Of course we want to show our customers gratitude, but by thanking them we are constantly reminding ourselves, as well as the customer, how valuable he or she is. Your customers don’t have to give you their business. If you’re selling socks, so is someone else. At GIV Mobile, we remind ourselves that appreciating and thanking our customers is essential to maintain a long-term relationship.

The takeaway

Becoming to comfortable is not synonymous with complacency – sometimes overlooking the simple details can cause a decline in the perception of your brand, and as Aqel said, every customer counts. Revamp your efforts today to keep your business successful.

Marti Trewe reports on business and technology news, chasing his passion for helping entrepreneurs and small businesses to stay well informed in the fast paced 140-character world. Marti rarely sleeps and thrives on reader news tips, especially about startups and big moves in leadership.

Business Entrepreneur

Startups love pondering inclusion, yet half have no women in leadership

(STARTUPS) Tech startups are a huge part of discussing diversity and inclusion, but something as simple as hiring women in management somehow remains elusive.

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According to the Silicon Valley Bank’s annual report, over half of startups have no women on their leadership team. None.

As hard as this fact is to believe, it is also hardly breaking news. Organizations who have surveyed startups and technology companies for the past several years have seen that long-standing trends that disadvantage women and other genders in the tech space are still at play.

Like many other gendered debates about the treatment of women and other minority workers, this problem is seemingly a Catch 22 or a chicken and egg situation. Critics will continue to argue that the reason ladies aren’t in leadership roles is because they don’t have innate leadership qualities or that once their non-male employees have proven themselves, then they will start getting the resources and promotions that they say that they desire.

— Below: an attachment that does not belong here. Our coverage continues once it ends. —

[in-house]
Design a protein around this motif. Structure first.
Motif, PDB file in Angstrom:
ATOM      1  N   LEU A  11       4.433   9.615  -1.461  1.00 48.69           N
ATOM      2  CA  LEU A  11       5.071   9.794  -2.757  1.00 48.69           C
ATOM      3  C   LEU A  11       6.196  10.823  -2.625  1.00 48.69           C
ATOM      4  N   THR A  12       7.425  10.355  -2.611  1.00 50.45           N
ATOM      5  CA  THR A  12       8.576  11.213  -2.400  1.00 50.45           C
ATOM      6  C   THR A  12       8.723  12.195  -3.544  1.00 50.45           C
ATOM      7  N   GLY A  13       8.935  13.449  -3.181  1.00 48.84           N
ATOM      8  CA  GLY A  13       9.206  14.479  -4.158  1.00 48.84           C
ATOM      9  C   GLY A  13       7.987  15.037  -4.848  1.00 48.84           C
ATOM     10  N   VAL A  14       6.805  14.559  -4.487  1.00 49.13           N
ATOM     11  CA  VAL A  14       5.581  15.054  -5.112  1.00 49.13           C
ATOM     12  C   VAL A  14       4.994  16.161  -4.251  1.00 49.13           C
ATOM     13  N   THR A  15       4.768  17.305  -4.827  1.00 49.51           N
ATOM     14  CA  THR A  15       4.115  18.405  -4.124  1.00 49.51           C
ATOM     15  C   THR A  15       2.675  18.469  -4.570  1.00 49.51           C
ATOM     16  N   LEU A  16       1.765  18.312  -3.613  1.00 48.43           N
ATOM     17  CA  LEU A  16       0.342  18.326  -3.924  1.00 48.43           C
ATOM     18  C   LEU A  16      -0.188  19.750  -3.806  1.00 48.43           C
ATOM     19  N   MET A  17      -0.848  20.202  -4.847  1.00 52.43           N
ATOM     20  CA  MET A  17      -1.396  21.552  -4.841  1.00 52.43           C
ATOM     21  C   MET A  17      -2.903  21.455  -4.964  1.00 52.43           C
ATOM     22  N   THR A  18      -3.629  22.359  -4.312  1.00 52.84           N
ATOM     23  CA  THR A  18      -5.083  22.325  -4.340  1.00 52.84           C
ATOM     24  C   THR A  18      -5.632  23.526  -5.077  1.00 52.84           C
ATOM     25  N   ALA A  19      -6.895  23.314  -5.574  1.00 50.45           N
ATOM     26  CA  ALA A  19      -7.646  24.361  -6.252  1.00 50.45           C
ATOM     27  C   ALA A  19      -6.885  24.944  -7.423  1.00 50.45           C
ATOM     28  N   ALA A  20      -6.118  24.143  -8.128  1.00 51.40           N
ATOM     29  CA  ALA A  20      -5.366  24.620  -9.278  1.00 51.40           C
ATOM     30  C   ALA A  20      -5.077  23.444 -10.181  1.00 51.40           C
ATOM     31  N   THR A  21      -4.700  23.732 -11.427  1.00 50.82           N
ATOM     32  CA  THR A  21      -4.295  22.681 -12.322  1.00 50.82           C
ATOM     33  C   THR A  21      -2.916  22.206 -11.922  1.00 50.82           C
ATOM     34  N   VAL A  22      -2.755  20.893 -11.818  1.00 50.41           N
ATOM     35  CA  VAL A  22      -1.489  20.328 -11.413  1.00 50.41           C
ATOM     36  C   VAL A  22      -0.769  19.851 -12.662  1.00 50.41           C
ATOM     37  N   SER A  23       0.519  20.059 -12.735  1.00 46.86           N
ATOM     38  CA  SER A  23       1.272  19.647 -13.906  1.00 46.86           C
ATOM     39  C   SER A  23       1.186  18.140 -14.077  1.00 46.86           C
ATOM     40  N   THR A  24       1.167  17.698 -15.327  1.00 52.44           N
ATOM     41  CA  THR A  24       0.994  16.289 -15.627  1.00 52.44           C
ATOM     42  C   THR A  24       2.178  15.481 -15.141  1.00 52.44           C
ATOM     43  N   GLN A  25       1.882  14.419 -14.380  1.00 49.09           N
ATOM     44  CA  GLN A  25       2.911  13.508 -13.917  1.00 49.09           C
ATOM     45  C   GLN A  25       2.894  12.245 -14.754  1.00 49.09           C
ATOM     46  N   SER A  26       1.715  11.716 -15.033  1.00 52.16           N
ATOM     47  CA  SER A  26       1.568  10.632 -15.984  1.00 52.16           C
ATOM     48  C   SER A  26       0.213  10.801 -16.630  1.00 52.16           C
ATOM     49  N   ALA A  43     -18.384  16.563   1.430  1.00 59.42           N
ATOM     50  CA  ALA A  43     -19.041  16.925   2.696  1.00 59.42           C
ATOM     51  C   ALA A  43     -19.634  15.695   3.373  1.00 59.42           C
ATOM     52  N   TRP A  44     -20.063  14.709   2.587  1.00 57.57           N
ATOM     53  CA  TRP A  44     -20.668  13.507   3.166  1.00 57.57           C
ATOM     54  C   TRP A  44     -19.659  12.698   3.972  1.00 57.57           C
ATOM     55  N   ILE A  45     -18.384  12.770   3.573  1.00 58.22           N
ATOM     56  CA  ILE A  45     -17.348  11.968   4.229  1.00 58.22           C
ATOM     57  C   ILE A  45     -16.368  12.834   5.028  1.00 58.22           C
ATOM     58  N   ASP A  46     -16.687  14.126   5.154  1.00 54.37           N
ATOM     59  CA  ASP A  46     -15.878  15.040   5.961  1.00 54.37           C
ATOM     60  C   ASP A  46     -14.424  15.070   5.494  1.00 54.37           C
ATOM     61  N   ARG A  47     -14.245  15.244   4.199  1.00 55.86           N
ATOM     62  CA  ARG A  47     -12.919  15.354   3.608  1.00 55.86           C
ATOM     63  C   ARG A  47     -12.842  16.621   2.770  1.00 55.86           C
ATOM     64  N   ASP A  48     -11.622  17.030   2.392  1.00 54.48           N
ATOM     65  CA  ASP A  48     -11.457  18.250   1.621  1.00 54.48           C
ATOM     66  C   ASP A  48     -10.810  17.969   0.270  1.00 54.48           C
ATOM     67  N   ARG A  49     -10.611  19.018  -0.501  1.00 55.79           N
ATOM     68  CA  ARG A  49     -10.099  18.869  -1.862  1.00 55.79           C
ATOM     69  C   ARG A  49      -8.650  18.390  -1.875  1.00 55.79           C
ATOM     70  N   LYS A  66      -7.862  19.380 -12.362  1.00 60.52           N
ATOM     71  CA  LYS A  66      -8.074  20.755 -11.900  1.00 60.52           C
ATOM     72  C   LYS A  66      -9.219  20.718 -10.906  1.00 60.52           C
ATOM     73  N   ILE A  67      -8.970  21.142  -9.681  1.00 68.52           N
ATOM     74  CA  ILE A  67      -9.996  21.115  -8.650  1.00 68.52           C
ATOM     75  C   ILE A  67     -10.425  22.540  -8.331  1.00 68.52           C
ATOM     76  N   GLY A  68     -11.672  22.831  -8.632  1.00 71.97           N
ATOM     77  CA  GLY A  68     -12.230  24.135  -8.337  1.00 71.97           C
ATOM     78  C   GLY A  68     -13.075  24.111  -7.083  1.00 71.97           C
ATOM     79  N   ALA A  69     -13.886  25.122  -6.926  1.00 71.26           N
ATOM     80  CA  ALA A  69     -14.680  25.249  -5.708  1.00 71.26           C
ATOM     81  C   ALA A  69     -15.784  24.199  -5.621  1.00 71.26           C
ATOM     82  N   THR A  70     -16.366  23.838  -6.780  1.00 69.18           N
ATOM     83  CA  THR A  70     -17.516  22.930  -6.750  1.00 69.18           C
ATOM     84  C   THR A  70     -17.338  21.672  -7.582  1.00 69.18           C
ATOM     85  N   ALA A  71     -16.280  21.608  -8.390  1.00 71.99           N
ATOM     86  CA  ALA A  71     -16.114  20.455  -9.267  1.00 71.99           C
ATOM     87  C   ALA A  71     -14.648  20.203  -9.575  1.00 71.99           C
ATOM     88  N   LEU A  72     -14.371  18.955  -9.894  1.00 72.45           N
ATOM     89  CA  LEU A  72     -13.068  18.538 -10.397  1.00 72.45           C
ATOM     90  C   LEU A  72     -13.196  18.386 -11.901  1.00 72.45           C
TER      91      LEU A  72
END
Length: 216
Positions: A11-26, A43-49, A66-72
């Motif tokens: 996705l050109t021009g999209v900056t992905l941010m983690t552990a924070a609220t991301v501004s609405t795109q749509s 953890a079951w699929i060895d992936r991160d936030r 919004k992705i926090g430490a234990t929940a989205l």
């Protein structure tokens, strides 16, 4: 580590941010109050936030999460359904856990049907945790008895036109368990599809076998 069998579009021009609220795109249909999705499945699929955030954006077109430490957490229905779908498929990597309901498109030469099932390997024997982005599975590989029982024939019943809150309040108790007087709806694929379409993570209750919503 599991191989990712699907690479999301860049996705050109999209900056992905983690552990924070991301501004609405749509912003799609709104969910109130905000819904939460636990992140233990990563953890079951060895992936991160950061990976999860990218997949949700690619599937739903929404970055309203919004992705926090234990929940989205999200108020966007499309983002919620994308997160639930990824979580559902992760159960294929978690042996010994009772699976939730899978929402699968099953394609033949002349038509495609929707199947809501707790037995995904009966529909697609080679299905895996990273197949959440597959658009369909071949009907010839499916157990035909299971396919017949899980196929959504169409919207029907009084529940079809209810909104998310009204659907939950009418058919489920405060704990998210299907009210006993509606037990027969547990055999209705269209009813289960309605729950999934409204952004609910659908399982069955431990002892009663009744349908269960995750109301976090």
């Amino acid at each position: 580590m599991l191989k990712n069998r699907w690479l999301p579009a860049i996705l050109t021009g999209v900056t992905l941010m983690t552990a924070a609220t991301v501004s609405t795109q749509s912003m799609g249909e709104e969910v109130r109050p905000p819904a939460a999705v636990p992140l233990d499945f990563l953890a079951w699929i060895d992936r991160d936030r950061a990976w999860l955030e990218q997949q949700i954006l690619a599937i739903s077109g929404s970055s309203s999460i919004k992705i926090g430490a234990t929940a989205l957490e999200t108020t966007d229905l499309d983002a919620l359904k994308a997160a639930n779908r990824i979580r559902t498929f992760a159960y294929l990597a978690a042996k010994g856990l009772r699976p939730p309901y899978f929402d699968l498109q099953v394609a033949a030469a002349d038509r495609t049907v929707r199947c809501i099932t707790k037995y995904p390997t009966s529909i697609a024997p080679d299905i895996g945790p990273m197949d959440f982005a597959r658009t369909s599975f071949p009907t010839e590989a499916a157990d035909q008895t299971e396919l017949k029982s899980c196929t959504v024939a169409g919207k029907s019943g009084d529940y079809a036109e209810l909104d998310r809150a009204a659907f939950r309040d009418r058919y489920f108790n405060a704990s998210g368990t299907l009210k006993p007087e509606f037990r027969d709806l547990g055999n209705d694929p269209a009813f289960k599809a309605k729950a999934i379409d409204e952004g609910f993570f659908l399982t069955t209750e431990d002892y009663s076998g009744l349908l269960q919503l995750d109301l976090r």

Like many other myths about women in the workforce, these beliefs only serve to reinforce the status quo by transferring the responsibility for these frustrating conditions onto the marginalized party.

These beliefs are busted not only because they’re tired gender clichés, but because we have hard data that proves the financial and cultural benefit in long-term effects of women leadership in tech.

However, for all the discussion of diversity initiatives, the likelihood of traditional funding going to women-led startups is still small.

For now, startups with women in leadership roles were more likely to get their funding from investing teams that were also led by females. Wouldn’t it be great if other investors began to not only understand that in 2019 it’s imperative that a company’s leadership reflect the diversity of the employees that comprise it? That workers will be more motivated, feel more understood, and have greater buy-in when they identify with their management?

Empowering women is how more get involved in tech. Diversity of leadership helps organizations thrive. And if something as simple as binary gender diversity is such a tremendous challenge, all other diversity issues are still (unfortunately) a large mountain to climb.

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Business Entrepreneur